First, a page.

capital loss carryover


G

ghanwani

TurboTax has 2 boxes for capital loss carryover -- one
for long term and one for short term. Why does it have
this? Aren't all carryovers long term?

On a related note, can long-term losses be used to offset
short-term gains?

Thanks,
Anoop
 
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A

Arthur Kamlet

TurboTax has 2 boxes for capital loss carryover -- one
for long term and one for short term. Why does it have
this? Aren't all carryovers long term?
Of course not.

You fill out the capital loss carryover worksheet to
calculate how much of your carryover loss is short term and
long term.

If you did not fill out your worksheet, how do you know
where to report the loss?
On a related note, can long-term losses be used to offset
short-term gains?
First step is to net short term losses and gains. And net
long term loses and gains.

Next step is to net short vs long term and get a net capital
gain or loss. So in this step, if your net long term
gain/loss is a loss, and if your net short term gain/loss is
a gain, you net them together.

That's the theory. The schedule D has it all worked out for
you, so if you never knew these rules, but you followed
line-by-line instructions printed right on the form, you'd
come out correct.

__
Art Kamlet ArtKamlet @ AOL.com Columbus OH K2PZH
 
T

Thomas Healy

TurboTax has 2 boxes for capital loss carryover -- one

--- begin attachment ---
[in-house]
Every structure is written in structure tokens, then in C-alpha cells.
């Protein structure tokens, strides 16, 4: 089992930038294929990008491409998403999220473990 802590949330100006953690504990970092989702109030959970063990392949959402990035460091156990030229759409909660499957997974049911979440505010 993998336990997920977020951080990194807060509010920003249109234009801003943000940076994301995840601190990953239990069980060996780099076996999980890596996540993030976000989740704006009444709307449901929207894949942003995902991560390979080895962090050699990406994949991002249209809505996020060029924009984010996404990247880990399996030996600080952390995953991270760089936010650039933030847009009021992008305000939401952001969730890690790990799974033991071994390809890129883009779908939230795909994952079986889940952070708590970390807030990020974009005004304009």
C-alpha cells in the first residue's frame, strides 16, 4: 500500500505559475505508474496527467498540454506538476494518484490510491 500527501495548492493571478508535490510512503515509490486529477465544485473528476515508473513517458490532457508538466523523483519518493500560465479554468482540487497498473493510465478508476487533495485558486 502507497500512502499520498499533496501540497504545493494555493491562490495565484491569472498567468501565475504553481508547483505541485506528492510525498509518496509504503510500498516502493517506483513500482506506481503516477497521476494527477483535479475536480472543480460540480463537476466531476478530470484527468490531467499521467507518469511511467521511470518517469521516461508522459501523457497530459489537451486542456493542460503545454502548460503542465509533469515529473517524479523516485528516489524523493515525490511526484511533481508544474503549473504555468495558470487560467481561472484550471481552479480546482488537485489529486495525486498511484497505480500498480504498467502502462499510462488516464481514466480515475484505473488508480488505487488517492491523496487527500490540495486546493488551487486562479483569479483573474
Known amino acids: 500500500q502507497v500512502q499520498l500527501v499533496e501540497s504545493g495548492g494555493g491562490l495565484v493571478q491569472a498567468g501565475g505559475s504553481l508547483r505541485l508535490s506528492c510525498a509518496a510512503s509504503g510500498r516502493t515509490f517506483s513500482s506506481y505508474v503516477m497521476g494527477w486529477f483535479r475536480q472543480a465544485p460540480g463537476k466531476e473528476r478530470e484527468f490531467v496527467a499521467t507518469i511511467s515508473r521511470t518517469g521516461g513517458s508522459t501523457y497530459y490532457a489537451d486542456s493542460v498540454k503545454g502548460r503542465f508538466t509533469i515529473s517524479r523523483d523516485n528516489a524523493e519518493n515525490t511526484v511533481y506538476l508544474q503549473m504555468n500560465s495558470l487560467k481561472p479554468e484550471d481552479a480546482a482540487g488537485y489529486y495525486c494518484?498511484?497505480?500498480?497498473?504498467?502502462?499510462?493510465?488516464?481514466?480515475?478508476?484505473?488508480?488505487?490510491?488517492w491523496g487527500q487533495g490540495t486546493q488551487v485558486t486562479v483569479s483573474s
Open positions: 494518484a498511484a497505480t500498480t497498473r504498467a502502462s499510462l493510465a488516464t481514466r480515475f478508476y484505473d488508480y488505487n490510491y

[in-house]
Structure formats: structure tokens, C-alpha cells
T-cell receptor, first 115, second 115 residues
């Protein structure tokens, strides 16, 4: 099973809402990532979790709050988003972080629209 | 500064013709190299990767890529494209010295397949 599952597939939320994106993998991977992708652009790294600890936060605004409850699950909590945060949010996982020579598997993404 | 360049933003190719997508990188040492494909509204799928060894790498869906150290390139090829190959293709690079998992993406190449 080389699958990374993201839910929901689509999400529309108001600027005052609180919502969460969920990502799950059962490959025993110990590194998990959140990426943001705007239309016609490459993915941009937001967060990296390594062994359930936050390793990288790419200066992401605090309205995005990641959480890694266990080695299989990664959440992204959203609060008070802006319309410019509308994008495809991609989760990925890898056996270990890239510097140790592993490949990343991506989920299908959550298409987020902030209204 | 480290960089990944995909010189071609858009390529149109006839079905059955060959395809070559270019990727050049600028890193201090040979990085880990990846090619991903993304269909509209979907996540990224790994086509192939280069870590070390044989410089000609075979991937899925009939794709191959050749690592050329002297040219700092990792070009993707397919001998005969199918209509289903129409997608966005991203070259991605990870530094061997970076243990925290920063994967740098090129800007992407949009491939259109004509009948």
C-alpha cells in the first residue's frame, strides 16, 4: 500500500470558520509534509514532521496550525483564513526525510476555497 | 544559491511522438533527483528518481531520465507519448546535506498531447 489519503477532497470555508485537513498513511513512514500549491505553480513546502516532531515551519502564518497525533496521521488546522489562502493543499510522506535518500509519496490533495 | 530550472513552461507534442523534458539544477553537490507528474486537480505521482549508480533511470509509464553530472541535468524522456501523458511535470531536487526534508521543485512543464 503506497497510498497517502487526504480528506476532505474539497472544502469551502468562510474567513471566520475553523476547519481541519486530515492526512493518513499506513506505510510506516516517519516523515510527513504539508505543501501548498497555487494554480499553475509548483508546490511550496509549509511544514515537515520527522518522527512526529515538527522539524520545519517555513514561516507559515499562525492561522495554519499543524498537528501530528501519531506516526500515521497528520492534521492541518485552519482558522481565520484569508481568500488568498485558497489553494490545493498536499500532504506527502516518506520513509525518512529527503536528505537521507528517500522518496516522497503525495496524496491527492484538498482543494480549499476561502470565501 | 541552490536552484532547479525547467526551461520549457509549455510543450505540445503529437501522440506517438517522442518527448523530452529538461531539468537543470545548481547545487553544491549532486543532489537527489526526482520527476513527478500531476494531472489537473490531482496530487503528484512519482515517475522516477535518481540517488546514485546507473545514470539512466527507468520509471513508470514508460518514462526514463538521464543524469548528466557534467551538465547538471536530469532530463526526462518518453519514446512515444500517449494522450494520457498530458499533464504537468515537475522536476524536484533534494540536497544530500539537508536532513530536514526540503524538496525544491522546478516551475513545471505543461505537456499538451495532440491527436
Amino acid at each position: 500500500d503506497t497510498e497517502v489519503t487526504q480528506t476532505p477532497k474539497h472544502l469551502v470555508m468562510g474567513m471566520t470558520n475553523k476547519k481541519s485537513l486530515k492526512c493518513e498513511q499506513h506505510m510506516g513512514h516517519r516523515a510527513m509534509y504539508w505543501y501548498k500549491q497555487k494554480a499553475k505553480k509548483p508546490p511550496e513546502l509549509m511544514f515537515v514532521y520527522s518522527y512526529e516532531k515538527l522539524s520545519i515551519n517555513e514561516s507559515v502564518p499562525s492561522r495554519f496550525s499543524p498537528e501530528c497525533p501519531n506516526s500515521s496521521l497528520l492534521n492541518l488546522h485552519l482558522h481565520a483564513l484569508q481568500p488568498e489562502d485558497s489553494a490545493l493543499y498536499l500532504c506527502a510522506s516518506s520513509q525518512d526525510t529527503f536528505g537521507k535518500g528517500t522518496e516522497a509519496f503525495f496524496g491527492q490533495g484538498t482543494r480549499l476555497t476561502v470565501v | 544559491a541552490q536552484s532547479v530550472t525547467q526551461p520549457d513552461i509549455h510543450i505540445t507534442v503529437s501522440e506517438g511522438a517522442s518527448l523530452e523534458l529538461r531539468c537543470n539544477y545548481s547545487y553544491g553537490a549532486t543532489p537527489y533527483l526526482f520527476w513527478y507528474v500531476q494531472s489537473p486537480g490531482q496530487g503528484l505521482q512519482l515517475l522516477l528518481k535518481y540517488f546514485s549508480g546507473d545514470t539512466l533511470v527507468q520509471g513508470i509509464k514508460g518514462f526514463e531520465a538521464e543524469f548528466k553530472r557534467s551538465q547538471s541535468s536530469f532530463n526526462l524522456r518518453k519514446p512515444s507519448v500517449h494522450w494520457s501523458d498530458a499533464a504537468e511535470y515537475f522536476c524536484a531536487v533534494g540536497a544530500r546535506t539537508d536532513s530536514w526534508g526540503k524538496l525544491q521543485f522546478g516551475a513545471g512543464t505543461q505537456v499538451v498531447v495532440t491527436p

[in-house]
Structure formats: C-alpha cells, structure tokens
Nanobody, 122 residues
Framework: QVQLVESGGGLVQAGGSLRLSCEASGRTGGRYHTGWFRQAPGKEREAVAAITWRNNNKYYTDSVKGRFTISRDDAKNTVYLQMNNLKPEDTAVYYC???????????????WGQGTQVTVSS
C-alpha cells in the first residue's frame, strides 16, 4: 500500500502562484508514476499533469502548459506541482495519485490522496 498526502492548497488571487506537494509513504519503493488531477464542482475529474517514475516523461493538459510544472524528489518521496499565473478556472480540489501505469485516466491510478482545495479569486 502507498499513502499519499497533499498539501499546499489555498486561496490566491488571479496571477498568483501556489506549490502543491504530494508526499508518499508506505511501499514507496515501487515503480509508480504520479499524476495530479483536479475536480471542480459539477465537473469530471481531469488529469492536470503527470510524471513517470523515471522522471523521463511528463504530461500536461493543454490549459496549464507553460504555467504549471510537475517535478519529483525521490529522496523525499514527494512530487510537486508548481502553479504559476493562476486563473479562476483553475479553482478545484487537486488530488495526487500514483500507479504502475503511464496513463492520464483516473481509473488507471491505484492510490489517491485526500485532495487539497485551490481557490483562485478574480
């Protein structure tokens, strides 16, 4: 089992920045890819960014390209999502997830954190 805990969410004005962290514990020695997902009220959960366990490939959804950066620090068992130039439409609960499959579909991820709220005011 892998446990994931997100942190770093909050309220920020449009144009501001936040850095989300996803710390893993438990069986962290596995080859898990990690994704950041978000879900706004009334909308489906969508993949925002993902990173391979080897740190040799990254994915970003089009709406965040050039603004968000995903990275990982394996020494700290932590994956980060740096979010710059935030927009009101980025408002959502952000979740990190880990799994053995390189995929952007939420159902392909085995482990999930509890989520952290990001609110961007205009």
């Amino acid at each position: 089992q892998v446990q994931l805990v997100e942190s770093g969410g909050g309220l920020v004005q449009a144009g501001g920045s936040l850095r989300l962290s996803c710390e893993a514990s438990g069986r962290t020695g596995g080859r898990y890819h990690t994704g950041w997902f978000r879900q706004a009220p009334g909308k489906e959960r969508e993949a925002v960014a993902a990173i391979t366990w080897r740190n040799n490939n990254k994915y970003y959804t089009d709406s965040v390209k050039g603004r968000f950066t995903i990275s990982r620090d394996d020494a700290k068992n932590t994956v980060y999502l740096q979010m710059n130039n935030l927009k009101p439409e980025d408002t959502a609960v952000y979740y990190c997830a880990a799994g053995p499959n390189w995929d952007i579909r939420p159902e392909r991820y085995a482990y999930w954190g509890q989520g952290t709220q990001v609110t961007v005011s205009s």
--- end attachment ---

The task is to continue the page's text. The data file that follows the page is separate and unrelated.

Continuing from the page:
for long term and one for short term. Why does it have
this? Aren't all carryovers long term?

On a related note, can long-term losses be used to offset
short-term gains?
History. Many years ago it made a difference; it might
again.
 
D

David Woods, EA, ChFC, CLU

TurboTax has 2 boxes for capital loss carryover -- one
for long term and one for short term. Why does it have
this? Aren't all carryovers long term?
Clearly they are not.
On a related note, can long-term losses be used to offset
short-term gains?
Yes.
 
R

Rick Merrill

... Aren't all carryovers long term? ...
Anoop,
The "term" refers to how long you owned the asset, not to
how long it has been since you sold it nor to how long you
have been 'carrying' the loss.
 
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D

David Woods, EA, ChFC, CLU

What's the rationale in separating them?
In the rare event I probe people's minds, I tend to avoid
those of politicians. Ugly things, those minds. In other
words, why does it matter?
 
R

Rich Carreiro

What's the rationale in separating them?
Because short-term gains and long-term gains
are taxed differently. Given that, you have
to separate long-term and short-term losses.
 
A

Arthur L. Rubin

On a related note, can long-term losses be used to offset
What's the rationale in separating them?
It used to be the case that long term losses were only
allowed against income at the same 50% as long term gains
were included in taxable income. I suppose it could happen
again.

Furthermore, as long term losses are netted against long
term gains and short term losses are netting against short
term gains before long term gains are netted against short
term losses, it may still make a difference which carryover
you have if you have a net capital gain in the carryover
year.
 
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D

D. Stussy

What's the rationale in separating them?
ST and LT gains are taxed at different rates. A loss first
offsets gains of its own term before it offsets a gain of
the other term.
 

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